City cannot afford to insource staff members

eThekwini Municipality

eThekwini Municipality

Published Mar 13, 2024


The proposal to insource staff members employed by contractors into the eThekwini Municipality workforce would cost the municipality close to R4 billion if it was to be fully implemented.

The feasibility study looking into the affordability to insource these workers has found that this exercise would be unaffordable.

Last year ActionSA councillor Zwakele Mncwango put forward a motion for the City to insource staff, including security personnel and cleaners. This prompted the city management to conduct a feasibility study.

The report tabled during a council meeting on Tuesday found that the current model where the City outsources to complement its limited staff was the best model in light of the cost.

The report said a comprehensive investigation was undertaken, focusing on critical elements impacting the scope of operations under the services concerned and other labour-related and legislative matters to be complied with.

It said from the financial perspective, the study relating to the insourcing of security services looked at three options, namely, the current versus proposed approach, provision of hybrid security services; and options available if 100% insourcing is implemented.

It was reported that currently the municipality is spending an estimated R1.3 billion for 1 300 sites, with 547 guards engaged.

“For the hybrid solution, the estimated costs to fund this was R2.6bn and the hire of 7 565 guards for national key points and landfill sites. The insourcing was estimated to cost more than R4bn and the costs to include operating and capital budget related thereto,” it said.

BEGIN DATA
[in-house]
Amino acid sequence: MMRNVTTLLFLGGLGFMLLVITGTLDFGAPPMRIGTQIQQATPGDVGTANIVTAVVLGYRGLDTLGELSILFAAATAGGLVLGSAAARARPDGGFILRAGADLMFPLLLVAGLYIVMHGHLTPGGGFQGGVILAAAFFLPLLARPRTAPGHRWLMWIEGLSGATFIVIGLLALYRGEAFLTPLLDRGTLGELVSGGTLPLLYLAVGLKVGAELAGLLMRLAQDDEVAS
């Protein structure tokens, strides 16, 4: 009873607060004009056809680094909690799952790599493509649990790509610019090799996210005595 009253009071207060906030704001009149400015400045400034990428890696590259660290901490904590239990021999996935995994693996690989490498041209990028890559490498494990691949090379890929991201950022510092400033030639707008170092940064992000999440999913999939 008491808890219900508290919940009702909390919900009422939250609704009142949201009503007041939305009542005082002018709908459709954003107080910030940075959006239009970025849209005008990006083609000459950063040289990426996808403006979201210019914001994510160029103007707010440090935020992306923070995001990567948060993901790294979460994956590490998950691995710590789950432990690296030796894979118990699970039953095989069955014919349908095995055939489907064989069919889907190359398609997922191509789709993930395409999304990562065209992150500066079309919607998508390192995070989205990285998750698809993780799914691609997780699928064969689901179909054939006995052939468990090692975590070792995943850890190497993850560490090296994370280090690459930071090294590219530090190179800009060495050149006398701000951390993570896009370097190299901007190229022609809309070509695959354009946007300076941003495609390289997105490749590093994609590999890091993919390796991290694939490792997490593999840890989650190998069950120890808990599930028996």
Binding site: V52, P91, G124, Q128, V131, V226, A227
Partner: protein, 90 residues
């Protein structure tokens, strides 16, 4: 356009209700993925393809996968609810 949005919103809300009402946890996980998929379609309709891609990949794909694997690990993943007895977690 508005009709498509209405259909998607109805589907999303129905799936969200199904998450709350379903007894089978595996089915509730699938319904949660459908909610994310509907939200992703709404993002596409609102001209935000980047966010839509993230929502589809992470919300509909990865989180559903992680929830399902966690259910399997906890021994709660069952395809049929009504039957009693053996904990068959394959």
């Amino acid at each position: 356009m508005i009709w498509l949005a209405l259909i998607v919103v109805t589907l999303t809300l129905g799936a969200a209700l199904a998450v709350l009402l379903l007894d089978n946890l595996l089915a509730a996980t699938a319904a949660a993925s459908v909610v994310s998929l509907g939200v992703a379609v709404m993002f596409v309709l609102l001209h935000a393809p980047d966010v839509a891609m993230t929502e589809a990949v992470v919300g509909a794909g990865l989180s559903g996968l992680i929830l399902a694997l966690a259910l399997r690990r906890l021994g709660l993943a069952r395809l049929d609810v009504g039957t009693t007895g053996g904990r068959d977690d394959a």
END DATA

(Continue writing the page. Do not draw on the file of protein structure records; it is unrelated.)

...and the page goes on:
It said the scope of security services includes in-house security capacity, land invasion protection; VIP services; national key points and landfill sites protection.

“The overall outcome thereon was that the insourcing model comes at an exorbitant cost, and therefore not affordable within the current municipal budget. It is recommended therefore that the status quo should remain in terms of combining insourcing and outsourcing models to achieve adequate provision of the services required,” said the report.

It was resolved that the City conducts a further investigation to consider introducing the Social Solidarity Economy.

EFF councillor Themba Mvubu said the party rejects the report.

“There was no investigation here, this was a predetermined outcome,” said Mvubu, adding that the City was losing hundred of millions of rand through fruitless and wasteful expenditure that it writes off, so it cannot claim to have no money.

IFP councillor Mzwethu Gwala said it was nonsensical that the City is claiming that the initiative will be unaffordable. “They are already getting paid for this service, so which money is not available, this looks like the City is protecting those awarded tenders for these services.”

Mncwango of ActionSA said some companies have been providing services for the past 20 years. “Where is the fair bidding process if you have companies who have been there for years?

“The cost analysis that is the basis of this report is bogus, you can’t complain about R4 billion when the council writes off billions, this report is meant to ensure that workers continue to be exploited and those who have been benefiting continue to benefit.”

ANC councillor Nkosenhle Madlala said the proposal was not rejected but was currently unaffordable.

“We want to reject the notion that these companies belong to comrades,” said Madlala, adding that the City had engaged in competitive bidding.

The Mercury